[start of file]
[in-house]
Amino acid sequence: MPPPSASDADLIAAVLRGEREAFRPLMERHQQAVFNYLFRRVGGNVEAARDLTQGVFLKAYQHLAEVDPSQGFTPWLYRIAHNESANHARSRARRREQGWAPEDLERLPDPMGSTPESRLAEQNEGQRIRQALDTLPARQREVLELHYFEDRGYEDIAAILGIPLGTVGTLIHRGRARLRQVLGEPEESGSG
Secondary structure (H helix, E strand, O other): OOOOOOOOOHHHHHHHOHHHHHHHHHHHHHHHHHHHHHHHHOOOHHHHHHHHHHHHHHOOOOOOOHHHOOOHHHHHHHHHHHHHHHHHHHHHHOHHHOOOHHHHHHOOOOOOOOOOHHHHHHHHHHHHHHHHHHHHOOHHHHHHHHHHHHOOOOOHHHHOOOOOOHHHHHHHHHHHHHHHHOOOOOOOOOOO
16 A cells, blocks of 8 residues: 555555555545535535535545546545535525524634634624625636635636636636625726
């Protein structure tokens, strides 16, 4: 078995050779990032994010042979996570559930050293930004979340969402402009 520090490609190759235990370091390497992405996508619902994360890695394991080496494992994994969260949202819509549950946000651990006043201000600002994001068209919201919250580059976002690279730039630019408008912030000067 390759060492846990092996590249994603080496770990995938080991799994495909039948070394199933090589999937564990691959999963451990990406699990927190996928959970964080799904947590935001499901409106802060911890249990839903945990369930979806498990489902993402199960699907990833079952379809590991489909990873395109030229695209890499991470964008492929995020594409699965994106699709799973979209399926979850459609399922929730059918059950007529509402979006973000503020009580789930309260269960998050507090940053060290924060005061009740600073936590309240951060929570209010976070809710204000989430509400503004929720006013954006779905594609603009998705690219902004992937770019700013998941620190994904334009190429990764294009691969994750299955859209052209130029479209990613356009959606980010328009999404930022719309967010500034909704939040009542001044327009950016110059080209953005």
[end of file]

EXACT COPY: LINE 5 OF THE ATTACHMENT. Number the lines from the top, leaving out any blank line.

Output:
């Protein structure tokens, strides 16, 4: 078995050779990032994010042979996570559930050293930004979340969402402009 520090490609190759235990370091390497992405996508619902994360890695394991080496494992994994969260949202819509549950946000651990006043201000600002994001068209919201919250580059976002690279730039630019408008912030000067 390759060492846990092996590249994603080496770990995938080991799994495909039948070394199933090589999937564990691959999963451990990406699990927190996928959970964080799904947590935001499901409106802060911890249990839903945990369930979806498990489902993402199960699907990833079952379809590991489909990873395109030229695209890499991470964008492929995020594409699965994106699709799973979209399926979850459609399922929730059918059950007529509402979006973000503020009580789930309260269960998050507090940053060290924060005061009740600073936590309240951060929570209010976070809710204000989430509400503004929720006013954006779905594609603009998705690219902004992937770019700013998941620190994904334009190429990764294009691969994750299955859209052209130029479209990613356009959606980010328009999404930022719309967010500034909704939040009542001044327009950016110059080209953005």